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Former Canberra Raiders under 20s captain Zac Woolford believes the National Youth Competition should stay in its current format amidst a review of rugby league’s pathways.

Woolford says the pressure of cracking the top grade likely would have contributed to NYC players taking their own lives in recent seasons.

The 20-year-old says stronger support networks being placed around young men would offset the rate of suicides in the game and wider society.

“If you don’t have a good support network behind you it can definitely be tough,” Woolford said.

“I couldn’t imagine what it would be like for some of those boys who are out on their own trying to earn a living with young kids and whatnot.

“The pressure of making the top grade definitely would have had a big contribution to those incidents.”

Canterbury Bulldogs-bound Woolford says he is “one of the lucky ones” having signed a contract to play professional rugby league.

Woolford has watched close friends fall by the wayside as they struggle to deal with falling short of the top level.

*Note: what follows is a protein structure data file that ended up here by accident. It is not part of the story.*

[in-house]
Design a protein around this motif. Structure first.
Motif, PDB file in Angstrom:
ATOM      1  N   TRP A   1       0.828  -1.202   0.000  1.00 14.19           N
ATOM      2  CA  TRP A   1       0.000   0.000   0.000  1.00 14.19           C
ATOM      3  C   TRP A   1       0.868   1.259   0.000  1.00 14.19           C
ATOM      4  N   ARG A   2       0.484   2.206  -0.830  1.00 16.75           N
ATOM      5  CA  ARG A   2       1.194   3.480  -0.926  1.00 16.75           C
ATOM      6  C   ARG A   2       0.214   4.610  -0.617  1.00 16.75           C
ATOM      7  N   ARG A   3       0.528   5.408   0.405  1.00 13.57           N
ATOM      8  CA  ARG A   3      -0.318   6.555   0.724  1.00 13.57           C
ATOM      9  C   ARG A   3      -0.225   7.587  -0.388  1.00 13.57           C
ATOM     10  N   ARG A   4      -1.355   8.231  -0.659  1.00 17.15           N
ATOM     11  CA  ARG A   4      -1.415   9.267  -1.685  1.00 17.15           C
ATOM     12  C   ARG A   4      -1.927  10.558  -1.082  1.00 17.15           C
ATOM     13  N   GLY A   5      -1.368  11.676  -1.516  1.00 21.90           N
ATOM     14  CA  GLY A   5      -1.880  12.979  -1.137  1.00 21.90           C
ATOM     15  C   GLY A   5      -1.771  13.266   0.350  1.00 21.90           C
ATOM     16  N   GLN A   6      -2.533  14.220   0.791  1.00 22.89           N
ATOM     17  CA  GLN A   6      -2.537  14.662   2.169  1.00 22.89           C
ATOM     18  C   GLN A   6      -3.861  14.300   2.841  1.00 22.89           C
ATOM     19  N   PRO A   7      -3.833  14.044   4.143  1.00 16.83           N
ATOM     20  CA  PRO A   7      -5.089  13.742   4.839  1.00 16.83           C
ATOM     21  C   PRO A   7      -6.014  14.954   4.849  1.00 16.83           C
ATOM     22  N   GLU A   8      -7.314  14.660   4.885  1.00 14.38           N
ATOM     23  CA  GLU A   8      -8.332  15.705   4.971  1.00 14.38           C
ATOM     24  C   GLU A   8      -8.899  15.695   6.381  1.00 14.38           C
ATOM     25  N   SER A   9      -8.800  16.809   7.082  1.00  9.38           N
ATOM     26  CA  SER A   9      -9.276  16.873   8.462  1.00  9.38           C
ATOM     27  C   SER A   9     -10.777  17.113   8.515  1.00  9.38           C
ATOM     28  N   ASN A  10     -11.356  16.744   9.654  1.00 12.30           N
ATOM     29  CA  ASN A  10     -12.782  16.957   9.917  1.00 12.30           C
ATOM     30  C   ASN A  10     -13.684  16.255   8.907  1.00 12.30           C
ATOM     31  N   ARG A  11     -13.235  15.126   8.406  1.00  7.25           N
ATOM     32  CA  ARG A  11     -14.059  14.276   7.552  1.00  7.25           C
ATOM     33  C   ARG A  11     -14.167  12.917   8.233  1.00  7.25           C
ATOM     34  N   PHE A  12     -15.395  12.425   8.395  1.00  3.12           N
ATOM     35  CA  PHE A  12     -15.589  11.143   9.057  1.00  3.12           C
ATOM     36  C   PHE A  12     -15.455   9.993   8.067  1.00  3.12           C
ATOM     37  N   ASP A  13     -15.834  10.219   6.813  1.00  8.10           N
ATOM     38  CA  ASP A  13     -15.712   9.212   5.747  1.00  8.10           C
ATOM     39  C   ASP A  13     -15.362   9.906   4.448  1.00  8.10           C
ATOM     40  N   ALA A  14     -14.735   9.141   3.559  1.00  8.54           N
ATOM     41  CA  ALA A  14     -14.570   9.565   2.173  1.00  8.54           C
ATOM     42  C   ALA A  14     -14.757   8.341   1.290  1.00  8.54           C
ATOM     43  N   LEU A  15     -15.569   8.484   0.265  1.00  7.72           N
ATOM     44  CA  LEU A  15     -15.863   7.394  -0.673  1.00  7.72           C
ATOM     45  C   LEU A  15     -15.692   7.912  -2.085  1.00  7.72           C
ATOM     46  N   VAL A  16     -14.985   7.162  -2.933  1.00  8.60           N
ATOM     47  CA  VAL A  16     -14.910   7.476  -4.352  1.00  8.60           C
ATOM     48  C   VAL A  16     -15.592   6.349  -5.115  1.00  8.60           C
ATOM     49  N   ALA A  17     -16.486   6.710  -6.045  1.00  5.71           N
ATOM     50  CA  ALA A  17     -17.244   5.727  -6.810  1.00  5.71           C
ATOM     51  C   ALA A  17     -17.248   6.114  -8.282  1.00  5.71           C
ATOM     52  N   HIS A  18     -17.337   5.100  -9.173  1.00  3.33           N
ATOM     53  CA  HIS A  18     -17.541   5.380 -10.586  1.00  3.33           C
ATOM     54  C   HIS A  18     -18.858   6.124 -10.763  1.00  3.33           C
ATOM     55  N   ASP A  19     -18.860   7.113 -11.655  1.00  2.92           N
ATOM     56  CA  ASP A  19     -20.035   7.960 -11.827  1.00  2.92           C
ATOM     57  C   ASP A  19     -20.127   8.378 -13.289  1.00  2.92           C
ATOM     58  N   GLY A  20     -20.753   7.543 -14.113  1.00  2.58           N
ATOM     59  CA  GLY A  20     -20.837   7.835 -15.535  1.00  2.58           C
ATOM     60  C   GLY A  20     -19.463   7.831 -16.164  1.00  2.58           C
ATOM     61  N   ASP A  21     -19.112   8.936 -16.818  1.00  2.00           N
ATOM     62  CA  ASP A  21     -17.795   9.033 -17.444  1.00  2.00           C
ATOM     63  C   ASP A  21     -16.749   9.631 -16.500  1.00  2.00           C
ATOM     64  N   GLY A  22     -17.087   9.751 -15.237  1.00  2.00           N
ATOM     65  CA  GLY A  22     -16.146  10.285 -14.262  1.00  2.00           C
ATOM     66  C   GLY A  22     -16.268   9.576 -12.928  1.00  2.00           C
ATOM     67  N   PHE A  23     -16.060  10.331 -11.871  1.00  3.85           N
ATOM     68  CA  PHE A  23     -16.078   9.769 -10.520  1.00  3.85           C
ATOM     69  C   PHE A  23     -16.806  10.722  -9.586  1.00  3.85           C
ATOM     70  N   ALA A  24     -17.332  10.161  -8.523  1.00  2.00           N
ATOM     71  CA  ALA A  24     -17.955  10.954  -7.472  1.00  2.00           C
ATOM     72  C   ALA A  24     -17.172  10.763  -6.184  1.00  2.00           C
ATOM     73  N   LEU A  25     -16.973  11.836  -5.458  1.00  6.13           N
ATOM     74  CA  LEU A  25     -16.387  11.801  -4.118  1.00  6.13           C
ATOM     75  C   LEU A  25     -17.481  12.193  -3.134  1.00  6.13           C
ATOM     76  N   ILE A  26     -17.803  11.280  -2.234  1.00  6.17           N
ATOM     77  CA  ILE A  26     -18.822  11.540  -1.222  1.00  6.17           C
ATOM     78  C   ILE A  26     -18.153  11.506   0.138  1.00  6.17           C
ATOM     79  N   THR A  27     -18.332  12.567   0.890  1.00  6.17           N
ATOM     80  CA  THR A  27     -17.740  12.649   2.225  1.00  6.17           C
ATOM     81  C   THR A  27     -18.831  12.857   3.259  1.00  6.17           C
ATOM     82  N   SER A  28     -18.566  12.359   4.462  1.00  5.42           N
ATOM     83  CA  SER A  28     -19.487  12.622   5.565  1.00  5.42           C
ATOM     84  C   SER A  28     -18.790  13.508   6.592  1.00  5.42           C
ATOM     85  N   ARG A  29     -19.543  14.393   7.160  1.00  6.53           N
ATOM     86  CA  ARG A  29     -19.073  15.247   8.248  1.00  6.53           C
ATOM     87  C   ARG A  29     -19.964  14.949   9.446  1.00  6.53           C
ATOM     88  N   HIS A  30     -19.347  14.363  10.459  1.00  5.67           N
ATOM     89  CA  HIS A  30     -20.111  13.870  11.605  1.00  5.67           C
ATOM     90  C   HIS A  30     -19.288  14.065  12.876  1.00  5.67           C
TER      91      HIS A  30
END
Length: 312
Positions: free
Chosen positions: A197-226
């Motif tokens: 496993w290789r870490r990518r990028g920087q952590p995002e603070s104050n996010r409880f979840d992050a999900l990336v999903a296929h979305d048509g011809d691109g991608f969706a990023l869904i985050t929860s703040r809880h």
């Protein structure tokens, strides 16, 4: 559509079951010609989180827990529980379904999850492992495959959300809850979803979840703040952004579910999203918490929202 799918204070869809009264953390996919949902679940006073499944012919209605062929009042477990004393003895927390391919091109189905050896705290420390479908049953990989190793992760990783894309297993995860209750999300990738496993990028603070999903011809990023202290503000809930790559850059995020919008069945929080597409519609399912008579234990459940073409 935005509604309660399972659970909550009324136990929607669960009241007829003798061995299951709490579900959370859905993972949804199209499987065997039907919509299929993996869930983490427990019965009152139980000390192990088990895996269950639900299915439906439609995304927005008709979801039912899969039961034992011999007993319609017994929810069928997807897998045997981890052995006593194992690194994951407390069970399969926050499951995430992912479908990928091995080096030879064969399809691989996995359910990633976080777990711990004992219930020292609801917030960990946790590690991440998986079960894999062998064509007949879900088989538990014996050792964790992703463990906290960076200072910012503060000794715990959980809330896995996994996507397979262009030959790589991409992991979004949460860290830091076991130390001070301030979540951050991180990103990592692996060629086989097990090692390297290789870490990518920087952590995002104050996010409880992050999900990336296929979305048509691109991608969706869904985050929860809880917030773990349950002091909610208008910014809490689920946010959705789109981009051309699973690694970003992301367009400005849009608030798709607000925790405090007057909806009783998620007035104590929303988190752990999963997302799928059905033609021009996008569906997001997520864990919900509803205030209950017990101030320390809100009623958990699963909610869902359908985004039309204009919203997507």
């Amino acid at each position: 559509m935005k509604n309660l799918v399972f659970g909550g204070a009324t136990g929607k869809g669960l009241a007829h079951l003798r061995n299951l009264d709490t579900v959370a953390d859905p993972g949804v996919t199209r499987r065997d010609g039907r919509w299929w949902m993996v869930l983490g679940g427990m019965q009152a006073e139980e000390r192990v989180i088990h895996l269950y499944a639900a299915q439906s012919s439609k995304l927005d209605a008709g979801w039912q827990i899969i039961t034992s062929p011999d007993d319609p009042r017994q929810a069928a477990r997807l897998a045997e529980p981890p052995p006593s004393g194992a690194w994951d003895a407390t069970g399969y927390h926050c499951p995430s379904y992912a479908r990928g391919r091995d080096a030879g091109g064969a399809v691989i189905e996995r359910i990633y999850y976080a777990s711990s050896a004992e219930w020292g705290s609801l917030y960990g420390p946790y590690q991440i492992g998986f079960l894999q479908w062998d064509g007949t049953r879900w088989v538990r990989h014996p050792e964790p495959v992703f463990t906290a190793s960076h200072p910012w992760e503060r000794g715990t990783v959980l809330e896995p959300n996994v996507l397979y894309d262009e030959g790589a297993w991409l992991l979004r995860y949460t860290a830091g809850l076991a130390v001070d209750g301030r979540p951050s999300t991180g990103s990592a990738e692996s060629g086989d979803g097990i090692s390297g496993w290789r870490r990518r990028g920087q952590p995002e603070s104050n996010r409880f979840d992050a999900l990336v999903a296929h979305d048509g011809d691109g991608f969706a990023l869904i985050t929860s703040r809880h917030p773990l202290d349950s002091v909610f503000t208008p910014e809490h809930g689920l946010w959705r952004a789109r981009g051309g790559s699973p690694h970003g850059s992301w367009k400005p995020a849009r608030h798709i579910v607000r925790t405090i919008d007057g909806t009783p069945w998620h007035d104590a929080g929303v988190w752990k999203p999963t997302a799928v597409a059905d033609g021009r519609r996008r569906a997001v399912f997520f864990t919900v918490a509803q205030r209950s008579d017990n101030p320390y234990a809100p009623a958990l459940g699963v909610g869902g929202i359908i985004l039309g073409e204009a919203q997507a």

“It’s not a very nice thing knowing that you’re playing for your livelihood and that sort of thing,” Woolford said.

“It’s a pretty terrible feeling, ‘this could be the end.’”

Rugby League Players Association General Manager of Player Relations Clint Newton says the game must be well equipped to deal with the issue.

The former NRL player believes the small percentage of players that graduate to first grade is cause for players to have fall back plans should football not work out.

“The reality is that not everyone will [play first grade],” Newton said.

“But we’ve got to make sure that we’ve got enough systems in place through the education and wellbeing structure – that’s arguably one of the best in the world – and its ability to help players transition from school to a fulltime athlete.

“Or [for] those that don’t end up pursuing that, trying to make sure that they’re given as much opportunity as possible to have some confidence in succeeding in life without having football as their plan A.

“As Phil Matthews, the wellbeing manager at the Knights, always said to me, it’s okay to have two plan A’s and I think that’s really important.”

It is crunch time for young players all around the league with the end of the season and fresh contract negotiations looming.

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